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Gregory Benford
Lucky Bat Books, 225 pages

Gregory Benford
Gregory Benford is a physicist and astronomer at the University of California, Irvine. He is the author of a series of hard SF novels, beginning with In the Ocean of Night (1978) and following quickly with works such as Timescape (1980) and the popular Galactic Centre series, including Across the Sea of Suns, Great Sky River (1987), Tides of Light (1989) and Furious Gulf (1994).

Gregory Benford Website
ISFDB Bibliography
SF Site Review: The Martian Race
SF Site Review: Worlds Vast and Various
SF Site Review: Eater
SF Site Review: Deep Time
SF Site Review: Against Infinity
SF Site Review: Artifact
SF Site Review: Cosm
SF Site Review: Foundation's Fear

Past Feature Reviews
A review by D. Douglas Fratz

Gregory Benford has been one of science fiction's foremost authors for more than four decades, writing hard SF novels and stories that are among the best in each decade since the 70s. A new Benford short story collection is therefore a notable event. It has been more than a decade since his last short story collection (Worlds Vast and Various in 1999, which was followed by a collection of four novellas, Immersions and Other Short Novels, in 2002). Anomalies includes most (but not all) of his short stories from the 2000s, plus a few earlier stories, seventeen in all, along with new and insightful afterwords.

It is a testament to the quality of Benford's stories that nine of the seventeen stories here were included in one or more best-of-the-year collections, and those stories are indeed among the best in the collection. They include two stories from earlier collections, which open and close the volume: "A Worm in the Well" and "Doing Lennon." The first is a 1994 story introducing intrepid independent space miner and spaceship pilot Claire Ambrase, included with its sequel (written twelve years later) "The Worm Turns." These stories of extreme hard SF adventure feature one of Benford's most memorable protagonists, Claire, a female loner (with some decidedly masculine attitudes) and her sardonic ship-computer, Erma. (It is surprises me that Benford has not written more stories featuring Claire and Erma.) "Doing Lennon" (1975) was one of the most memorable time travel stories of the 70s, and certainly worthy of inclusion here. The only other earlier story included is "Lazarus Rising" (1982), a gripping action story about a man who wakes to find himself on life support, unable to move, as he hears technicians discussing pulling the plug.

Benford's most common themes are time travel and hard-science (primarily physics and cosmology) speculation, and those abound in this volume. The best time-travel story here (besides "Doing Lennon") is "Mercies" (2011) about a man who travels back in time to kill serial killers before they begin their reigns of terror. "Caveat Time Traveler" (2008) is also a short but interesting time-travel story. The best hard-SF speculation stories include parallel universe story "Twenty-Two Centimeters" (2004) and "Gravity's Whisper" (2010), a short piece centering on number theory. "Applied Mathematical Theory" (2006) is a short idea-story about seeking to explain cosmic microwave data -- an interesting story, but the theological theme seemed strained to me. The title story, "Anomalies" (1999), is another idea story positing that the observable universe is merely programmed data that can be subject to correctable glitches -- very well written, but I found the idea itself not especially profound.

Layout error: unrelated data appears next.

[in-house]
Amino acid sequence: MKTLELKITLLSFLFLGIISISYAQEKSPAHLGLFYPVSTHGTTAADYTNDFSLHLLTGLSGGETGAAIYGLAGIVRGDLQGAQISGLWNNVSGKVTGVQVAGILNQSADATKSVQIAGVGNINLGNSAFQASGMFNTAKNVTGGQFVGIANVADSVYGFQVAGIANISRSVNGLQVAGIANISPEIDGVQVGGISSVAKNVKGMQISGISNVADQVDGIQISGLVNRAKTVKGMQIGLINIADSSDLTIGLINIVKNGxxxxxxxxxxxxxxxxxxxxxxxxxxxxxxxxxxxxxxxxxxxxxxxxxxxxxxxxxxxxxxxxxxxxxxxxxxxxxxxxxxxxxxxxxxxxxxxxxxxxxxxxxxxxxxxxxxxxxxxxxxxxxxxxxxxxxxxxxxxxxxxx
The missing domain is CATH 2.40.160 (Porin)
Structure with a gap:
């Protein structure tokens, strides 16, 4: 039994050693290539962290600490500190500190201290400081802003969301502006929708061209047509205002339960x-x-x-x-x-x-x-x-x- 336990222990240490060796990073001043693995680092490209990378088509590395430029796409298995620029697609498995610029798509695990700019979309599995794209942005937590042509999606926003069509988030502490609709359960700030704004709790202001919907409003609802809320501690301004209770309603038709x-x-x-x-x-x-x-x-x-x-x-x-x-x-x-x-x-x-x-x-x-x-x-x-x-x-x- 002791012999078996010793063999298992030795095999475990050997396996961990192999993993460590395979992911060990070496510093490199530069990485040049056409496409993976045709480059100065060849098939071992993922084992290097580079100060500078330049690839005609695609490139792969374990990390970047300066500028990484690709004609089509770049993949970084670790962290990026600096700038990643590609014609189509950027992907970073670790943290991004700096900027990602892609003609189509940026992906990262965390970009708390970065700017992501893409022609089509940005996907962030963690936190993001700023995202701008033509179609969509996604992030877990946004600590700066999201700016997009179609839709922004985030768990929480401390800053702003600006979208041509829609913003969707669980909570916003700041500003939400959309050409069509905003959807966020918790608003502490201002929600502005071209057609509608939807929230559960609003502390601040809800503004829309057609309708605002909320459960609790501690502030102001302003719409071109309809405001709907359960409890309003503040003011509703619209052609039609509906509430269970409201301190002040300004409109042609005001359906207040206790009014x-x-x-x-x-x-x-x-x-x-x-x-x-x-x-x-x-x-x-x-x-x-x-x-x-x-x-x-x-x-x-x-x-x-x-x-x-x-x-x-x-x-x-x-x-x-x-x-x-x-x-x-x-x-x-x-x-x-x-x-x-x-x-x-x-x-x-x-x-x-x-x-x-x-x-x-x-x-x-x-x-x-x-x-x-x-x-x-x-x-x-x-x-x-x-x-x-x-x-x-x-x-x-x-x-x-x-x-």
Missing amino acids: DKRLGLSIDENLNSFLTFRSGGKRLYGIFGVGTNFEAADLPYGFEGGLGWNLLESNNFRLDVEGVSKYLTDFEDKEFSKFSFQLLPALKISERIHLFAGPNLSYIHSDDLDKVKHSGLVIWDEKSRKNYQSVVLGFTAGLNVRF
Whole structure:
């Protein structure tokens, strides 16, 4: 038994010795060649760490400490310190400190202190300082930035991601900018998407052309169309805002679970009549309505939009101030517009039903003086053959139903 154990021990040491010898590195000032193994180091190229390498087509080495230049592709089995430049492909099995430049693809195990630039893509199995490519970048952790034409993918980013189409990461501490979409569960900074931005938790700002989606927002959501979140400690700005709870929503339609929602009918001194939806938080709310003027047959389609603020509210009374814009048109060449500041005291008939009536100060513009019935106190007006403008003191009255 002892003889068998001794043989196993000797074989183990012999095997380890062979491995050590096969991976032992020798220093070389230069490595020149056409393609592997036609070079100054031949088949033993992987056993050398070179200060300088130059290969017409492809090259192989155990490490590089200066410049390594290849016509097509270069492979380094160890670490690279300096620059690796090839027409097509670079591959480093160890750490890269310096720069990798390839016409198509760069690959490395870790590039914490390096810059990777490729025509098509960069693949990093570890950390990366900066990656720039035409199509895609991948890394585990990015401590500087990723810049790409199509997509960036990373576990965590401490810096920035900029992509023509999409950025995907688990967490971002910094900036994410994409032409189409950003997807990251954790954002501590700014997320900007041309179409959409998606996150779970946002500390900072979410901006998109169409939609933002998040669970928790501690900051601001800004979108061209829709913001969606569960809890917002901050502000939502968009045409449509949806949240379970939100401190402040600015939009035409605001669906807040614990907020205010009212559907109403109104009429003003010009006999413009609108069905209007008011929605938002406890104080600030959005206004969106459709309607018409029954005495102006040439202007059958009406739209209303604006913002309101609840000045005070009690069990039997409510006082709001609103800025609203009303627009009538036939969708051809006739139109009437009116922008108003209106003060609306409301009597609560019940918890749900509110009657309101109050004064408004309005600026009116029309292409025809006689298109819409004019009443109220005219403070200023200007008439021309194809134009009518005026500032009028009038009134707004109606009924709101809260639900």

Several other stories here are clearly post-9/11 works, involving Islamic settings or themes. Perhaps the finest is "The Semisent" (2006) about a young Iraqi girl who is given a semi-sentient device that becomes critical to her future life, a short but very effective story. "The Man Who Wasn't There" (2005) is a typical post-9/11 story of intrigue involving the European Islamic Front. "Ol' Gator" (2003) is a gripping and haunting story of an American soldier in the Iraq war who observes surreal and ironic events, and is particularly notable for its interesting back-story on recent Iraqi history. (Strangely, this story was not chosen for any of the best-of-the-year anthologies.)

Two other pieces here also are must-reading. "The Champagne Award" is an engaging story set in an over-populated future where "kid-credits" are bought and sold. "Isaac from the Outside" is a poem about Isaac Asimov that is both touching and genuine, and will be especially appreciated by anyone who knew him.

Some of the stories here are not quite as strong as the others. In particular, "The Final Now" (2010) is an end-of-times dialogue that did not resonate with me and "Comes the Revolution" (2001) I found to be perplexingly incomprehensible. But overall, this is a superior collection that provides worthy reading for any fan of hard science fiction. Benford's afternotes are also well worth perusing, as they provide some fine insights into him and fiction; especially notable were his description of the role of his subconscious in his writing.

It is well worth your time to find and read Anomalies. I also can't help but note that here are superior Benford stories published in recent years that are not included here, and I hope that we will see another collection before the decade ends.

Copyright © 2013 D. Douglas Fratz

D. Douglas Fratz has more than forty years experience as editor and publisher of literary review magazines in the science fiction and fantasy field, and author of commentary and critiques on science fiction and fantasy literature and media.

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